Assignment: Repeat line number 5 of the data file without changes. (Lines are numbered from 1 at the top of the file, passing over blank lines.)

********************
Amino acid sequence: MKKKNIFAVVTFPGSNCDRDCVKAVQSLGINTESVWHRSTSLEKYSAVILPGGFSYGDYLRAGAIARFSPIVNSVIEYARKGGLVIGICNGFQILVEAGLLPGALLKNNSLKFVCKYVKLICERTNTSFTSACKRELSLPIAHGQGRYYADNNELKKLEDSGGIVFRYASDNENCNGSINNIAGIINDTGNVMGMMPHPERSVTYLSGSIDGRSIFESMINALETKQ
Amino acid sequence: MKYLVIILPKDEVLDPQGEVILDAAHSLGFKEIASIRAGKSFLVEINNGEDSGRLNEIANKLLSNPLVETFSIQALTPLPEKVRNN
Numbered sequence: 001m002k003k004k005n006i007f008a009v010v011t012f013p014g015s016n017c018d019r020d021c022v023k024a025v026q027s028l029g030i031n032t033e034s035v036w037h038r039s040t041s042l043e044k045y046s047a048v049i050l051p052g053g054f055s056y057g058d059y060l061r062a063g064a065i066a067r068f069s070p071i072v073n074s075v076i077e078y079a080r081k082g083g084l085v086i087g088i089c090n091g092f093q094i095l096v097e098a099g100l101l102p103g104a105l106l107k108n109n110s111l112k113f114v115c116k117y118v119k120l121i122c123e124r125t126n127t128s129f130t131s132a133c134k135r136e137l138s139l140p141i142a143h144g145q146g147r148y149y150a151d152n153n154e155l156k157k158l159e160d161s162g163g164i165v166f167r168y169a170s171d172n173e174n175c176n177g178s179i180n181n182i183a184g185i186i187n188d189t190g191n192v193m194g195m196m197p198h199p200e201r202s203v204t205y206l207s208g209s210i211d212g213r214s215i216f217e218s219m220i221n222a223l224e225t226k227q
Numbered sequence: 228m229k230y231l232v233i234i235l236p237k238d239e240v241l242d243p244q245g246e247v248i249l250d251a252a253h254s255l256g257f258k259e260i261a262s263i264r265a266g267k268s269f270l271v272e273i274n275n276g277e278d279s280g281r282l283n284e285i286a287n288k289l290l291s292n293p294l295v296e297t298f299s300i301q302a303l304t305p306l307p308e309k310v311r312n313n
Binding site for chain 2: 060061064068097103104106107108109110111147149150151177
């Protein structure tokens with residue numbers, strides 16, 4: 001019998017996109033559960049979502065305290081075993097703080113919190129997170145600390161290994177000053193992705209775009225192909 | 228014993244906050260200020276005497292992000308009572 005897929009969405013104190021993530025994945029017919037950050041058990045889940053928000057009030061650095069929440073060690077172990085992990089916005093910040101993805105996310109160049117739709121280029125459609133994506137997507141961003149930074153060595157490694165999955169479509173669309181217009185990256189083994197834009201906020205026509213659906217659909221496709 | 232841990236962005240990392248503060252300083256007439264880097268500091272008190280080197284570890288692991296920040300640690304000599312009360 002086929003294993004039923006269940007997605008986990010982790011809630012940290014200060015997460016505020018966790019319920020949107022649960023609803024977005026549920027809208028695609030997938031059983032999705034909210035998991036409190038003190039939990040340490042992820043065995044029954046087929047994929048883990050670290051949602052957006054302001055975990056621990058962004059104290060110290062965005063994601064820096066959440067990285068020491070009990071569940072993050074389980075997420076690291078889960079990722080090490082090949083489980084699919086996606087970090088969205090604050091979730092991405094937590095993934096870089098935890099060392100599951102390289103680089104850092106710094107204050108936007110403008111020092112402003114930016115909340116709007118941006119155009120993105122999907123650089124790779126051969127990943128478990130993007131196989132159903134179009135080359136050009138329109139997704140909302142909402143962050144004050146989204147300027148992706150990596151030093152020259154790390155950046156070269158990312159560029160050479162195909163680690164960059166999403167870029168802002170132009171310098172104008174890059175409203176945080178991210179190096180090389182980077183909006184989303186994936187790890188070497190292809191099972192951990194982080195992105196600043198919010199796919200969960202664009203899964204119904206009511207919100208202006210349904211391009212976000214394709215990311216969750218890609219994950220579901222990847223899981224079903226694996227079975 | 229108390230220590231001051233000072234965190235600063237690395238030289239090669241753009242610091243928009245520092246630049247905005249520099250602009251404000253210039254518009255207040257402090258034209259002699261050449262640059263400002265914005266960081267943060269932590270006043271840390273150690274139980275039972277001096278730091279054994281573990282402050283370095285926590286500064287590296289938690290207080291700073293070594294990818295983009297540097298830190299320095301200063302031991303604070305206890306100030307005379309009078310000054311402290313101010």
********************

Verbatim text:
Binding site for chain 2: 060061064068097103104106107108109110111147149150151177